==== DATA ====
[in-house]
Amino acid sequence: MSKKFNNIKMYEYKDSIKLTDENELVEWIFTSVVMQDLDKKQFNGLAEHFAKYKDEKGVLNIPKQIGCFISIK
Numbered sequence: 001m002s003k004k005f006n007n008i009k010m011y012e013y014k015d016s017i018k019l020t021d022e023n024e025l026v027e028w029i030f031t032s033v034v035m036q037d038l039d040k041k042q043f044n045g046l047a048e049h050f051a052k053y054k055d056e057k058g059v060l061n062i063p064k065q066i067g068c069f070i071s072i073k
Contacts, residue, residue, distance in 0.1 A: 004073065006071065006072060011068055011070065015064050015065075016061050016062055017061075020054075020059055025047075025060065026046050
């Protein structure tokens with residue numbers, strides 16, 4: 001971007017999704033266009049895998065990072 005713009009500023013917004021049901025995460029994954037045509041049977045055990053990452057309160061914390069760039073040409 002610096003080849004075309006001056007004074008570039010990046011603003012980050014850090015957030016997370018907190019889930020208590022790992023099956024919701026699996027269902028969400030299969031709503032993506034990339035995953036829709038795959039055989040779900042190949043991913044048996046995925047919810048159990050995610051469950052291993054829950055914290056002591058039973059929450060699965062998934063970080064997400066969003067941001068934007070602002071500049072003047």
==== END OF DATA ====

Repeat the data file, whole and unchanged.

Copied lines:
[in-house]
Amino acid sequence: MSKKFNNIKMYEYKDSIKLTDENELVEWIFTSVVMQDLDKKQFNGLAEHFAKYKDEKGVLNIPKQIGCFISIK
Numbered sequence: 001m002s003k004k005f006n007n008i009k010m011y012e013y014k015d016s017i018k019l020t021d022e023n024e025l026v027e028w029i030f031t032s033v034v035m036q037d038l039d040k041k042q043f044n045g046l047a048e049h050f051a052k053y054k055d056e057k058g059v060l061n062i063p064k065q066i067g068c069f070i071s072i073k
Contacts, residue, residue, distance in 0.1 A: 004073065006071065006072060011068055011070065015064050015065075016061050016062055017061075020054075020059055025047075025060065026046050
């Protein structure tokens with residue numbers, strides 16, 4: 001971007017999704033266009049895998065990072 005713009009500023013917004021049901025995460029994954037045509041049977045055990053990452057309160061914390069760039073040409 002610096003080849004075309006001056007004074008570039010990046011603003012980050014850090015957030016997370018907190019889930020208590022790992023099956024919701026699996027269902028969400030299969031709503032993506034990339035995953036829709038795959039055989040779900042190949043991913044048996046995925047919810048159990050995610051469950052291993054829950055914290056002591058039973059929450060699965062998934063970080064997400066969003067941001068934007070602002071500049072003047």